are divided in terms of their political partisanship, their views
on the constitutional future of Northern Ireland and their preferred
national identity. In addition we have seen evidence from our
survey which points to a pattern of political alienation within
both communities. There are nuances within this picture, the most
significant, perhaps, being the greater diversity of Catholic
opinion on the consititutional future, but the general comparative
pattern is important in that it provides the attitudinal context
within which views on more specific community relations issues
need to be set. It is to these more specific issues that we now
In our survey we examined attitudes to contact between Protestants
and Catholics by asking our respondents firstly, of the
extent to which they currently experience contact, and secondly,
whether they would like to have more contact. Table 5 shows the
pattern of responses to the first issue and illustrates the limited
extent of contact that currently exists. Thus, in 1993 80 per
cent or more of our respondents say that most or all of their
relatives are of the same religion, while about three-in-five
say that all or most of their friends and neighbours are of the
same religion. A comparison of our 1993 responses with the 1989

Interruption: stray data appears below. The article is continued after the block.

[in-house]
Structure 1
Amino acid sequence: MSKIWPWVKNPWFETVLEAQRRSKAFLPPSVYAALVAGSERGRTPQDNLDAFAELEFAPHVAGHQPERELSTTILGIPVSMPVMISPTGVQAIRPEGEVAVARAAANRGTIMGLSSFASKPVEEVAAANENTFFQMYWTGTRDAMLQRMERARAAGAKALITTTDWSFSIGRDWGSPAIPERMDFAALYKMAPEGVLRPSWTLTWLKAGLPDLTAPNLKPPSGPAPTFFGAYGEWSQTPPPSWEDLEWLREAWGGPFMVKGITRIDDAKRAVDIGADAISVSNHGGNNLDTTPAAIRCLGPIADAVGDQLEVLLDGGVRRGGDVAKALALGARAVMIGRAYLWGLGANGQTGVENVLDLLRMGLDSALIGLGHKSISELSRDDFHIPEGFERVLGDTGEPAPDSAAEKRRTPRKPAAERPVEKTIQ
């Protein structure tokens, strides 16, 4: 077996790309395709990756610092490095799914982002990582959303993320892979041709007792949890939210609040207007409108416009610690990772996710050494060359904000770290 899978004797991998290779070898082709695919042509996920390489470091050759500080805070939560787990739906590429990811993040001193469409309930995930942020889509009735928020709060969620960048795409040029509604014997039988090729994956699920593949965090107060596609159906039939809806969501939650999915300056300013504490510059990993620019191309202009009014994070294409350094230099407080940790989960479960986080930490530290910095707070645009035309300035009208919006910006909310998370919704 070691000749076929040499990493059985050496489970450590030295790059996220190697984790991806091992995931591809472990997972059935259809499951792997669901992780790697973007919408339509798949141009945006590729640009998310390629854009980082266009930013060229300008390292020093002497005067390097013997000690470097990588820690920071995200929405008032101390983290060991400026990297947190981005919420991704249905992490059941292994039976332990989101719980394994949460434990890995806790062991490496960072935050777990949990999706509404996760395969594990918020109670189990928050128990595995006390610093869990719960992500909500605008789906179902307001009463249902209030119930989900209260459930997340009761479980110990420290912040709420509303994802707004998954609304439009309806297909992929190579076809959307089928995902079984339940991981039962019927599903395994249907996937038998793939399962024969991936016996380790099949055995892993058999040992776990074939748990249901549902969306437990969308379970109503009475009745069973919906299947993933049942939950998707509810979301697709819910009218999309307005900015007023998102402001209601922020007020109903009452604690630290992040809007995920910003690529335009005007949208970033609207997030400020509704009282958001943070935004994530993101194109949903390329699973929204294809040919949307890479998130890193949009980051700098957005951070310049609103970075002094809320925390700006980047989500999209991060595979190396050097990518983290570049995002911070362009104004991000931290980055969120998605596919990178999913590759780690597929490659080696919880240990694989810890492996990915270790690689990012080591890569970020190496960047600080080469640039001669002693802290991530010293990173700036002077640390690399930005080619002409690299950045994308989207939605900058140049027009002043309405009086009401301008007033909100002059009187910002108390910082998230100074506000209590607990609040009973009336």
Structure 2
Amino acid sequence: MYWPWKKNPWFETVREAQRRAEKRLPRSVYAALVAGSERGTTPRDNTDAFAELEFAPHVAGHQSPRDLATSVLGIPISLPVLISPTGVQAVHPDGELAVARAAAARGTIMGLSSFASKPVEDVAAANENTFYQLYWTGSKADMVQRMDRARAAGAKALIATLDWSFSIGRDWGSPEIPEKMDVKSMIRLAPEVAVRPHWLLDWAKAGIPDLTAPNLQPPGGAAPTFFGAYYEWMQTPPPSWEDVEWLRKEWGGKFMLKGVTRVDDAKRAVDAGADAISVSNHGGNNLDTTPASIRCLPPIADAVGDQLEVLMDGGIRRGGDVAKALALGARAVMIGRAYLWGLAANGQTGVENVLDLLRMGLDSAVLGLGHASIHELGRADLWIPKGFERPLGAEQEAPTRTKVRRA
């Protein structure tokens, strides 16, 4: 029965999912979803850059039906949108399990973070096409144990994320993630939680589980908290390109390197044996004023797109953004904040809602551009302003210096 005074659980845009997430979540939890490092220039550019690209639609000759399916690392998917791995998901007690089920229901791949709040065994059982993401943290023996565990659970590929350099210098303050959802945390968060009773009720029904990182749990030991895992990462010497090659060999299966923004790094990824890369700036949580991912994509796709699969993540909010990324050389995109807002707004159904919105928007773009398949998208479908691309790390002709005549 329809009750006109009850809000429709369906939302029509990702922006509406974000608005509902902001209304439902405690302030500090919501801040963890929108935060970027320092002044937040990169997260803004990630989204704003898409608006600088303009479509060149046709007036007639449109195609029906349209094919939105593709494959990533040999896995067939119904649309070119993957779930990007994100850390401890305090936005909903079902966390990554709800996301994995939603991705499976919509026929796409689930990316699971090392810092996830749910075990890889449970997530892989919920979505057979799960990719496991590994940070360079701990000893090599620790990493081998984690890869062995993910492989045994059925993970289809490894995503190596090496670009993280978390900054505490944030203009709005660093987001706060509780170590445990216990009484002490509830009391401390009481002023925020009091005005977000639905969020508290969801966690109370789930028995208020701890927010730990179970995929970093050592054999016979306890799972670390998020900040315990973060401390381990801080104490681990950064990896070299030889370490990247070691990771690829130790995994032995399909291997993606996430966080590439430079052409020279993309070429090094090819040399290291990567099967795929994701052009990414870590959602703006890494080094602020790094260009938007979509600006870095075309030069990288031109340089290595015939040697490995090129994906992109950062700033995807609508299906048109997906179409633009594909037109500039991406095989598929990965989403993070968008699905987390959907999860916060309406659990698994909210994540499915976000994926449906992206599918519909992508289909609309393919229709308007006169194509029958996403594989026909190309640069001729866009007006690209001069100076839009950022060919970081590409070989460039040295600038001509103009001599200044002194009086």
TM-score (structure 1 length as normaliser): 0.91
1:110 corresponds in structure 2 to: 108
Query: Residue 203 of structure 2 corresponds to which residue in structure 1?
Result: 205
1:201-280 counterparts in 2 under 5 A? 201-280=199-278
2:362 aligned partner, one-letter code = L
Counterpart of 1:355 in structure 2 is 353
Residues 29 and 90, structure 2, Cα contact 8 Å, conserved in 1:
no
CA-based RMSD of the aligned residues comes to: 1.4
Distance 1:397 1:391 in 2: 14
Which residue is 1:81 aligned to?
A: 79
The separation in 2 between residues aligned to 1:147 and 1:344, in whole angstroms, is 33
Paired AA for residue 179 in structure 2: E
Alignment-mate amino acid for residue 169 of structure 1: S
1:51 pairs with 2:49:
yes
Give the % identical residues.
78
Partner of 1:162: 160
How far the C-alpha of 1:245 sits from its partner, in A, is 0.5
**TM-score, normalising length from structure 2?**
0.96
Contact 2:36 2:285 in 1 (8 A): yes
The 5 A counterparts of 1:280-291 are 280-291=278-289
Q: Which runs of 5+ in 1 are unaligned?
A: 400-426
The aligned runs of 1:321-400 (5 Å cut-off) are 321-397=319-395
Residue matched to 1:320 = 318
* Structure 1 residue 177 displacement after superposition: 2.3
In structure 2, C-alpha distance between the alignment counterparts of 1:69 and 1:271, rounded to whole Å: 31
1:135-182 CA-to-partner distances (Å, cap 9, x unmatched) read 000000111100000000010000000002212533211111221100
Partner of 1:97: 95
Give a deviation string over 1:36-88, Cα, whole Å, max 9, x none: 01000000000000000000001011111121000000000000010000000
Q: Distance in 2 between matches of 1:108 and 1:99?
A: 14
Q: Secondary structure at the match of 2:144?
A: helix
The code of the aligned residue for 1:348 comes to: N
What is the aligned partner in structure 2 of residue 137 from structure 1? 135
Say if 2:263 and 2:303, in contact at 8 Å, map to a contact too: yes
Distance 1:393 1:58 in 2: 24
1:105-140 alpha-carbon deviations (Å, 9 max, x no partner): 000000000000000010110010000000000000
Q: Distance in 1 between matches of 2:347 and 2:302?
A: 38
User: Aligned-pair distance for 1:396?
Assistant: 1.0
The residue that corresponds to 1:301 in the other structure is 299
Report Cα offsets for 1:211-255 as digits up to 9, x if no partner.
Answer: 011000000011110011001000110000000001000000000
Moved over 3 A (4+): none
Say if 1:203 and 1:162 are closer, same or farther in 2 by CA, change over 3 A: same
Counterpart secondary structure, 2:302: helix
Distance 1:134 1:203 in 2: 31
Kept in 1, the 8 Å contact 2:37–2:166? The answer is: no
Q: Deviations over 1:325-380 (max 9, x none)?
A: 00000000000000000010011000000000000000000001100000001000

survey suggests that there has been little change in perceptions
of the level of contact, apart from a slight fall in the proportion
saying all or most of their friends were of the same religion.
Percentage saying that all or most of their . (%)
The pattern of responses on current contact contrasts with our
respondents' views on the desirability of greater contact between
both communities, as can be seen on Table 6. This table shows
that most respondents say they would prefer to live in a mixed
neighbourhood or to work in a mixed workplace, albeit that the
level of support for this is somewhat higher among Catholics than
Protestants. This picture is confirmed by responses to a series
of questions which asked whether government and public bodies
should do more to encourage integrated housing, integrated workplaces
or to work for better community relations. In all three situations
we find 90 per cent or more of Catholics and 80 per cent or more